Wednesday, March 23, 2011

Mosquitos: the epic battle

Okay, it's not so dramatic.  I did try geranium oil in a lotion medium today and it worked fantastically for maybe 3 hours.  It smells better, is less likely to give me cancer, and is cheaper than anything with DEET.  Soon I may even find empty spray bottles and try it in an alcohol medium.  Lavender is also on the list.  I'll keep you posted, 'cause I know you're dying to know the best naturopathic mosquito remedy.

Monday, March 21, 2011

South Africa

Just for fun, I grabbed a smattering of photos that Boaz took in South Africa.

South Africa Pretoria funny bartender

(Click the link to see them all)

First family visit and domestic travel

(At a south Indian restaurant in Lucknow, Brij's sister Rashmi; my mom, Ann; my stepdad, Brij; Brij's brother, Ajesh; his wife, Jyoti; Rashmi's husband, Arun; me; and behind the camera, Boaz.)

My parents had planned a trip to visit Brij's family before we moved.  So Mom spent a couple nights with us in Pune, before we all headed to Lucknow for a few days and then Delhi for a few days.  It was a great trip.  We visited a number of historic sights, ate far too much good food (Jyoti's cooking in particular is fantastic), and I got to meet the rest of Brij's wonderful family.  Many, many, many thanks to them all and Push for inviting us into their homes and showing us around!

Many more pictures to follow shortly.

Saturday, March 12, 2011

In case you hadn't noticed

I've made some additions to the blog.  At the top of the page, under the big title, there is now a 'Blogs I Dig' page.  Go check it out.  It includes AIC's newish blog and the recently relaunched Celebrities Eating, both highly recommended.


After my post on subtle challenges teaching at AIC, I talked to Eric.  They do handle optometry.  In fact, they had an 'optometry camp' just two months ago and all the kids at the Education Center were checked out.  Probably the girl in my 9th standard class just missed that day.

I know she had been out of school for some time and only recently returned.  It was in the previous volunteer's report.  And she is very shy/quiet, but her English and reading skills are about as good as the other kids in the class.  I actually hope nearsightedness is a problem for her and that glasses will help her level of engagement/confidence in both our sessions and the rest of her classes.  (And not provide another source of self-consciousness.)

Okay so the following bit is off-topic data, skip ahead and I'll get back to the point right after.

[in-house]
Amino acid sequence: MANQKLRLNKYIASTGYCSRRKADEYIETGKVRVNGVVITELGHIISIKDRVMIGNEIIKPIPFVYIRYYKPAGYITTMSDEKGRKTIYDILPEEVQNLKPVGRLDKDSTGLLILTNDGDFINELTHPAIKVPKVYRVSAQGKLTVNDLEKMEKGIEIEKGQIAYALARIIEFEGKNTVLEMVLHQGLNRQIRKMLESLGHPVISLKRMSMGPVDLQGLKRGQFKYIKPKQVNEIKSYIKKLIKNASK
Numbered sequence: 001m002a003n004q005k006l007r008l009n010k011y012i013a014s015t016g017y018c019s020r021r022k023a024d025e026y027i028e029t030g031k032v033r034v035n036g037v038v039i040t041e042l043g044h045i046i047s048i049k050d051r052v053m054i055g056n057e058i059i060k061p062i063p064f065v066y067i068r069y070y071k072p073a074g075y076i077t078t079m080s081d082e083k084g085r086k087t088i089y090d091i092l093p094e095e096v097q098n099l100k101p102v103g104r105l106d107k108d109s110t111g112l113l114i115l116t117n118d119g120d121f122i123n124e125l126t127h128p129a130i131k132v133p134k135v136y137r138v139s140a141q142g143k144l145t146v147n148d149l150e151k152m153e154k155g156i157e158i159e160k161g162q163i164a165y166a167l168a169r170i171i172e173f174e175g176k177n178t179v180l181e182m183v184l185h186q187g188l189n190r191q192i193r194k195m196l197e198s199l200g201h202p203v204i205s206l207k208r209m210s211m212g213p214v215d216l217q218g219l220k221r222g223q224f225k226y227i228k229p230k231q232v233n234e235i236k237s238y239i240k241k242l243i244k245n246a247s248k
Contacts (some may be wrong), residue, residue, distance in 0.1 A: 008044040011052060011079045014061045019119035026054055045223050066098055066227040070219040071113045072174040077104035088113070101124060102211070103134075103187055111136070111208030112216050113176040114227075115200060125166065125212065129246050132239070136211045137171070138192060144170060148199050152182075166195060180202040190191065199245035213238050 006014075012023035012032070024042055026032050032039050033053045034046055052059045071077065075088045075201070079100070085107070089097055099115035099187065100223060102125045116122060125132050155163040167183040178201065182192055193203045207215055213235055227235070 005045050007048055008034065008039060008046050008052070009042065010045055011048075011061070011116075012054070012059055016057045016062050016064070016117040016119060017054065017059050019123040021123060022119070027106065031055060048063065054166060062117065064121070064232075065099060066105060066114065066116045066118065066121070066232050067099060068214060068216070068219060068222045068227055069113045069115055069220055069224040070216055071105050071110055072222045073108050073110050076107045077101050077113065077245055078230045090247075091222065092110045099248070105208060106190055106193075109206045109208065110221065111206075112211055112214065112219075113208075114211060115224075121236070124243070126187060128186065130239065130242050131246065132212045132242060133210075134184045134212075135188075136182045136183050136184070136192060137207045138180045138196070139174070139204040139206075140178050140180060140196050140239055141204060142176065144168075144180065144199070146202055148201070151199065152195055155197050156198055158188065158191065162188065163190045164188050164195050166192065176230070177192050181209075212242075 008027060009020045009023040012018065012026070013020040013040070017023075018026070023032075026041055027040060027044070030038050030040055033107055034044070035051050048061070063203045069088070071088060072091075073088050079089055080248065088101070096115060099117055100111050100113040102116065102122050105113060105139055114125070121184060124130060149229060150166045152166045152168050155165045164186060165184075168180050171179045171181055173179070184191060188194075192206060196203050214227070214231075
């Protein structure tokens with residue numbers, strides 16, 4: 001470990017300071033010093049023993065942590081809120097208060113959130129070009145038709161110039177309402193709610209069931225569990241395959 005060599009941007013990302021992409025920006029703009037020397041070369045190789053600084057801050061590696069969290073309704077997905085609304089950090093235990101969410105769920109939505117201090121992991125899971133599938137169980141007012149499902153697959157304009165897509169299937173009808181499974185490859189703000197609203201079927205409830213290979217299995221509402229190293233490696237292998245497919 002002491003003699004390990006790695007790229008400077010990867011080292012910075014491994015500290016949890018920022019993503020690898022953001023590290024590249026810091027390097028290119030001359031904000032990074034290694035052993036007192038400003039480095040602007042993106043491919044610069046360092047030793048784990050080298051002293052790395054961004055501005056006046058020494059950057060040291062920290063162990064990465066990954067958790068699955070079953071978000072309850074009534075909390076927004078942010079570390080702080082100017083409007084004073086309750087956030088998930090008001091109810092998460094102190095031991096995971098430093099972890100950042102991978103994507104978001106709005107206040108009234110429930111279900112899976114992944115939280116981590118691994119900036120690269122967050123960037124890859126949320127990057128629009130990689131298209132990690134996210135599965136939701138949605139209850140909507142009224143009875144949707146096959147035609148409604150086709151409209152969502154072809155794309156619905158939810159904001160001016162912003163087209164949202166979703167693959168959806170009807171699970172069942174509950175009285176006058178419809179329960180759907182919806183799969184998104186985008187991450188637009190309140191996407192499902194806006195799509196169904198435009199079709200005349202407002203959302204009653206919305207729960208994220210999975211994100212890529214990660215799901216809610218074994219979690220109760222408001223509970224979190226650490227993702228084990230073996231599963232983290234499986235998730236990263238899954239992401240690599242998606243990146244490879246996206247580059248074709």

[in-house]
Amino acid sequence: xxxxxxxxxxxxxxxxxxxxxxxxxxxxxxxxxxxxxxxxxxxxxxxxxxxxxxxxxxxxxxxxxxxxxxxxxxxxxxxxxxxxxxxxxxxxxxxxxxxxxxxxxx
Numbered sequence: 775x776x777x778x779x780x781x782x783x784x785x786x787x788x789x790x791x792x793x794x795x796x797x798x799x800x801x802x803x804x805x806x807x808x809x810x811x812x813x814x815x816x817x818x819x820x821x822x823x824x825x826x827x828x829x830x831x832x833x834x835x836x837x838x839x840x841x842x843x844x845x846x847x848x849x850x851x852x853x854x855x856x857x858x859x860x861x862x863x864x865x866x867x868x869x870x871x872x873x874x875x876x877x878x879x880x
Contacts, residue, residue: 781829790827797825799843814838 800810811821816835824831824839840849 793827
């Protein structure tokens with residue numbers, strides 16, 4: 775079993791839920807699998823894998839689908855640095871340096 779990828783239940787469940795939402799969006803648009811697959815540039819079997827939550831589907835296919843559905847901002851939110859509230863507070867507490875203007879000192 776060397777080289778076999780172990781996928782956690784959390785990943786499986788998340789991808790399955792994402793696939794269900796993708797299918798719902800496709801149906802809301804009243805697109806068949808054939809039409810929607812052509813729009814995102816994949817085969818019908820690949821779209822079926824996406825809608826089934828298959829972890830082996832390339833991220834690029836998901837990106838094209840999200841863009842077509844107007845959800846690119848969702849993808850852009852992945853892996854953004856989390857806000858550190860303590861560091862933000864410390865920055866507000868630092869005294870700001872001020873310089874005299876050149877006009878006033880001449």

Why am I so uncomfortable?

I'm actually not at all uncomfortable with Shama (our maid-cum-savior) anymore.  I was uncomfortable with maids even back home.  Maybe out of being such a slob or mostly feeling weird about not doing anything while somebody else deals with my mess or knowing that it's not like I have more education than this person, but I make at least 4 times what they do an hour, if not significantly more and there's more variety and I hate doing what they are doing right now and how the hell is that fair?  This commonly applied while traveling for work and staying in hotels or even staying at my parents'.

Shama is college educated in hotel management and now works as a private maid largely because her mother can no longer manage the household, her daughter is now at college, and her husband has passed.  It gives her the flexibility she needs and working for foreigners affords her a pretty good wage here.  She's been a great help to me in getting more involved errands done and translating flashcard words for class.  She takes pride in what she does, and I do too now.  Whew!